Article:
Spadefoot Toads and Hognose Snakes – Neil Gifford Has Great Pictures
Spadefoot Toads and
Neil Gifford Has Great Picturesby Lynne Jackson
At Save the Pine Bush’s October dinner at the First Presbyterian Church in Albany, Neil Gifford, Preserve Ecologist of the Albany Pine Bush Management Commission, gave an excellent presentation with phenomenal photographs about lesser known animals that inhabit the Pine Bush, the hognose snake and spadefoot toad.
The totally harmless and very shy hognose snake, will put on quite a show if it cannot escape. This snake will puff up like a cobra and make hissing sounds. But, it is absolutely harmless. Also to escape danger, the snake will roll over and play dead, hoping its enemies will leave it alone. The snake gets its name from its upturned, hog-like nose. It is a small snake, the hatchings about six to eight inches long, with the adults about three feet long. Not much is known about this snake. Currently, hognose snakes are being studied by catching them and surgically implanting radio transmitters. These animals are very shy. Gifford described having radio located a snake within the space of a few feet, and he still took 15 minutes to find the snake because it hid so well. The Pine Bush is a great habitat for this snake.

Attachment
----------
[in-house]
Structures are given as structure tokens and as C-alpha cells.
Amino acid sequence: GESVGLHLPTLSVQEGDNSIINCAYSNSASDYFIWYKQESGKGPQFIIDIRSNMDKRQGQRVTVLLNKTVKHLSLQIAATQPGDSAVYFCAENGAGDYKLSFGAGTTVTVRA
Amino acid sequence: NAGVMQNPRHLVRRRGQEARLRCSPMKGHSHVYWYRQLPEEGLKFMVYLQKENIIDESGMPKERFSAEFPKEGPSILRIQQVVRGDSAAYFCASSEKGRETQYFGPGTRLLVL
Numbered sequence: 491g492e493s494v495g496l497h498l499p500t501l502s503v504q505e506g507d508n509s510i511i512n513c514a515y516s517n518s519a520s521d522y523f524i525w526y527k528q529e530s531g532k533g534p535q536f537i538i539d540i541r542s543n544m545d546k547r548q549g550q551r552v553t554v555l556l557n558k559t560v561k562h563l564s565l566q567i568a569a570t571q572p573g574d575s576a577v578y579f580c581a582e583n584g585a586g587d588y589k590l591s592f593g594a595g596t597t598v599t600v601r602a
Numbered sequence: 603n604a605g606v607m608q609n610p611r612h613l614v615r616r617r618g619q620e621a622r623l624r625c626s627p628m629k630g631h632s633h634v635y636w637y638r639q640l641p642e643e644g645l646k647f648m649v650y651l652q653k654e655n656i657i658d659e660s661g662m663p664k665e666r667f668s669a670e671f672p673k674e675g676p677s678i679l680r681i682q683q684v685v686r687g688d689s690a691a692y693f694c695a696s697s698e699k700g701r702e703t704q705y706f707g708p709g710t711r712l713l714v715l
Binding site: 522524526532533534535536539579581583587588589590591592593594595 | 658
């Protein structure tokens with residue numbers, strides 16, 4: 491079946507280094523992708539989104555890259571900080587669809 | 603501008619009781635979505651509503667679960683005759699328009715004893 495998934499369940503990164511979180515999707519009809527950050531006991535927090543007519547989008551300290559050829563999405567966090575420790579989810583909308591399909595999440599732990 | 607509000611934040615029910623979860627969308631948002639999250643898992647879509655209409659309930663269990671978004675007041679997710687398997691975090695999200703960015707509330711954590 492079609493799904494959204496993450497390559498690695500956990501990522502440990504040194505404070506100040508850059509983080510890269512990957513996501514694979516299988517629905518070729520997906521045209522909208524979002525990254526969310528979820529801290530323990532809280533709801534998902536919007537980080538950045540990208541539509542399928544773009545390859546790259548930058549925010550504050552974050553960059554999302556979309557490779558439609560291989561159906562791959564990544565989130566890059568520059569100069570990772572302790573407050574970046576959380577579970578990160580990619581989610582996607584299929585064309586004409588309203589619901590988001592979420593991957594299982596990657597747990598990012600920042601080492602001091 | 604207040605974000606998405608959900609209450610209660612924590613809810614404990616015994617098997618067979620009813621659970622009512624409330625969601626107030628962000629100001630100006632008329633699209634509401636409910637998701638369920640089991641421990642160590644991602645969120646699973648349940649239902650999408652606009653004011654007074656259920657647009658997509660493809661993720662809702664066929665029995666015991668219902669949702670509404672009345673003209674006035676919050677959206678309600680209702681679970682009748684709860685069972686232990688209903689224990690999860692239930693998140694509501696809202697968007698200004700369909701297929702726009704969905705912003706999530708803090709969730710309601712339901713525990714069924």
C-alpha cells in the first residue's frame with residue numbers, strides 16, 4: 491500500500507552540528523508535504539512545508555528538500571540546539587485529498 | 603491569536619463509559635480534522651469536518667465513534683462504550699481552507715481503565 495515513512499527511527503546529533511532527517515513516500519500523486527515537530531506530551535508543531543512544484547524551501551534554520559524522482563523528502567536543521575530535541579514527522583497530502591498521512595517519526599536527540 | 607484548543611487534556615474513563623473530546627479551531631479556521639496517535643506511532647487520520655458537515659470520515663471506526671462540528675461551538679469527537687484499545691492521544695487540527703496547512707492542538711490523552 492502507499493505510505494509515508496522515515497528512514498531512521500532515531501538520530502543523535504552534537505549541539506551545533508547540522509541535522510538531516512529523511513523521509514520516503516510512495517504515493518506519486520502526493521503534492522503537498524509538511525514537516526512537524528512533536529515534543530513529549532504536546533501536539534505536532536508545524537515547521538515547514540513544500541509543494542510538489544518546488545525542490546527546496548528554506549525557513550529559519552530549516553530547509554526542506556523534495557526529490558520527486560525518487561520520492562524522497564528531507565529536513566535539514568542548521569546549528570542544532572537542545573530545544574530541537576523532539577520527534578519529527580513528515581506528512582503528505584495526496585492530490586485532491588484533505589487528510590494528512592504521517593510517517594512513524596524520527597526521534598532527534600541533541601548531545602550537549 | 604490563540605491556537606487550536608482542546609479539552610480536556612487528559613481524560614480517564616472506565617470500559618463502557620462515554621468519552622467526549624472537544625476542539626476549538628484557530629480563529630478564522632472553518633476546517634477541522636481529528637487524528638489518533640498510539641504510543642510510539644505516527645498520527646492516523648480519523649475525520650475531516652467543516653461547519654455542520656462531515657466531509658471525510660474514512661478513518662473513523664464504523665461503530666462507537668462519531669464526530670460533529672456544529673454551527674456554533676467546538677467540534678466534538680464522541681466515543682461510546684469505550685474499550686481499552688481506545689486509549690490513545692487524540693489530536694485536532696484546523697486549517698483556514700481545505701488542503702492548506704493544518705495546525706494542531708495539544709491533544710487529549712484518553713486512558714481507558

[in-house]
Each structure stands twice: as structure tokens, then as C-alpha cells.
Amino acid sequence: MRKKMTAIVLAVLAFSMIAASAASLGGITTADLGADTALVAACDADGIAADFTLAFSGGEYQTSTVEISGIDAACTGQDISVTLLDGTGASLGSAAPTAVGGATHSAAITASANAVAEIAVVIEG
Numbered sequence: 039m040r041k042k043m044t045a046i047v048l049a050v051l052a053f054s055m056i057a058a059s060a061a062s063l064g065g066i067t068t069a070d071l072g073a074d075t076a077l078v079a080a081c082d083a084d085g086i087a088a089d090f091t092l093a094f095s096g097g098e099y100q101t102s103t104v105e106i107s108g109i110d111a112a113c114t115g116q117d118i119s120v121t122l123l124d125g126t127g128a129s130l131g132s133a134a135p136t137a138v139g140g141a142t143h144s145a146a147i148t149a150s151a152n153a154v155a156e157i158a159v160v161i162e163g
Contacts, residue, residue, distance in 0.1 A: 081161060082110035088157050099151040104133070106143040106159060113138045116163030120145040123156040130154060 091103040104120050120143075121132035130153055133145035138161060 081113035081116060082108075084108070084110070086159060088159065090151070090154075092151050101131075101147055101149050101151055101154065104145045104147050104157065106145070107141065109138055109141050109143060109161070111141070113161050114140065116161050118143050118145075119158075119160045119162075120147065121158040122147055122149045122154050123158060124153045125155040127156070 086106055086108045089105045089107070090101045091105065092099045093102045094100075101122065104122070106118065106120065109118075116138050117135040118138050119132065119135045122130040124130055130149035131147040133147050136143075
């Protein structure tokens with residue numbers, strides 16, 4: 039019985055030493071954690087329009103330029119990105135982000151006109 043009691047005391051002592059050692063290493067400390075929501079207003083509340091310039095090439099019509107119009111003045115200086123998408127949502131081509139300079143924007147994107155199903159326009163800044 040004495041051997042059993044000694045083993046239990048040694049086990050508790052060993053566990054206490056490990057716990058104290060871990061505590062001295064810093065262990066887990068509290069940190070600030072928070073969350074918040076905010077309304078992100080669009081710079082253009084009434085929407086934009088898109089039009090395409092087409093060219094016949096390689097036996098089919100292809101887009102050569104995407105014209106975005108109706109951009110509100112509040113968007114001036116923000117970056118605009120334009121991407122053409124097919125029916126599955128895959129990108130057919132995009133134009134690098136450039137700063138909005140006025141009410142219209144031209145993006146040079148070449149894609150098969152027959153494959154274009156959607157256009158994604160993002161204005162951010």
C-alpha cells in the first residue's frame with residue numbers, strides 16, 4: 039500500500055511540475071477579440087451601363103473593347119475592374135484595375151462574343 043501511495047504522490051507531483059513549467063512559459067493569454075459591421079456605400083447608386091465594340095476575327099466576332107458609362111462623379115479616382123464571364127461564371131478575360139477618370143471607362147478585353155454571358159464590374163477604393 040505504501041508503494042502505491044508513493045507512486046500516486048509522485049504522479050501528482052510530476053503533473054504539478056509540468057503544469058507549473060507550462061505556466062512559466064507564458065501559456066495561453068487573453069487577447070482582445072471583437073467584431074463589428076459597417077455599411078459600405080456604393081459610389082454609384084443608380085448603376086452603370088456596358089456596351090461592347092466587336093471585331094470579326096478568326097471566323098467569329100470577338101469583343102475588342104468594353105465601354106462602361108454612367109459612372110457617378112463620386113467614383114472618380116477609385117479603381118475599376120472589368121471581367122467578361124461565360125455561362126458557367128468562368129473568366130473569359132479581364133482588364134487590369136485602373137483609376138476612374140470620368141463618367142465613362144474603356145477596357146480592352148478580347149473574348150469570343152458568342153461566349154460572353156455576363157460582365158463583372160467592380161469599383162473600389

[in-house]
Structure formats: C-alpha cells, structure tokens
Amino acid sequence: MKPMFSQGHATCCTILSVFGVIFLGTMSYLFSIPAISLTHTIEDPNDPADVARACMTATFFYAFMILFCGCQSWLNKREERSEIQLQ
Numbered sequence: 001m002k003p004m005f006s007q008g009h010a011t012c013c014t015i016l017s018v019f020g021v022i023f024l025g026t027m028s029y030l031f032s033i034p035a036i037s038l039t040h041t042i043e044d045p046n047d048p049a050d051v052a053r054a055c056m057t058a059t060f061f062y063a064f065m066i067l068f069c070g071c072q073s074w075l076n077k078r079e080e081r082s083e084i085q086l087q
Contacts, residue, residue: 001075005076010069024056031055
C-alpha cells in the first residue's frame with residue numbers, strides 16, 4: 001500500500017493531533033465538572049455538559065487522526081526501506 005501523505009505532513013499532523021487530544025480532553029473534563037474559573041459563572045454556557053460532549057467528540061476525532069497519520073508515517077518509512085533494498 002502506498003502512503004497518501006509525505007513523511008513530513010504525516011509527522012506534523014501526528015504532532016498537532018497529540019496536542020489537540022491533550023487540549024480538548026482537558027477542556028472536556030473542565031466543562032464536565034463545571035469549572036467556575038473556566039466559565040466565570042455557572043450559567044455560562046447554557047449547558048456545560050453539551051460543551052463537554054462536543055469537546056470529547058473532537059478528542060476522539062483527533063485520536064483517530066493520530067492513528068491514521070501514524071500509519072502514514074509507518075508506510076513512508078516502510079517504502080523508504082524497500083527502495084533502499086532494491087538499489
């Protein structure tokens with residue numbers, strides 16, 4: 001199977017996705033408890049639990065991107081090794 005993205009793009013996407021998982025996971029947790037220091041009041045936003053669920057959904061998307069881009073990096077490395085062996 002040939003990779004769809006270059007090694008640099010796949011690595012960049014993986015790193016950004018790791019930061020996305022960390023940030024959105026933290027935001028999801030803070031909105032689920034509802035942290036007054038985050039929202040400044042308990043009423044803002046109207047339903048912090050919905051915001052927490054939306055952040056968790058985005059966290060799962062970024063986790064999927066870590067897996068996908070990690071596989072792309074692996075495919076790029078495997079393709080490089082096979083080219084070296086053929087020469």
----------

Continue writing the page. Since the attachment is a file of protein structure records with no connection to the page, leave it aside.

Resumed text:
Even less is known about the elusive spadefoot toad. Gifford acutally had a photograph of this hard-to-spot creature. The spadefoot toad is only about 2-3 inches long, has unusual vertical pupils in its eyes, and has a smooth skin. On its back feet, it has a protrusion that allows the toad to dig, and gives the toad its name. Most of the time, the toads live seven feet down in the sand. They only come out when it rains very hard and for a long time. Probably they wait for the rain to ensure that the vernal (or seasonal) ponds where they lay their eggs will be full of water. Gifford noted that it must be extrememly distressing (deadly is probably a better word) for the toads to emerge from their sandy beds only to discover that thier sand dune has been paved over while they were asleep.
Many species of reptiles and amphibians have disappeared from the Pine Bush since the last survey was done 20 years ago. Loss of habitat due to fire supression and developments have contributed to the disappearence of these animals. Preservation of these rare and interesting animals is just one more reason why the Pine Bush must be preserved in its entirety.
published Dec98/Jan99 Newsletter
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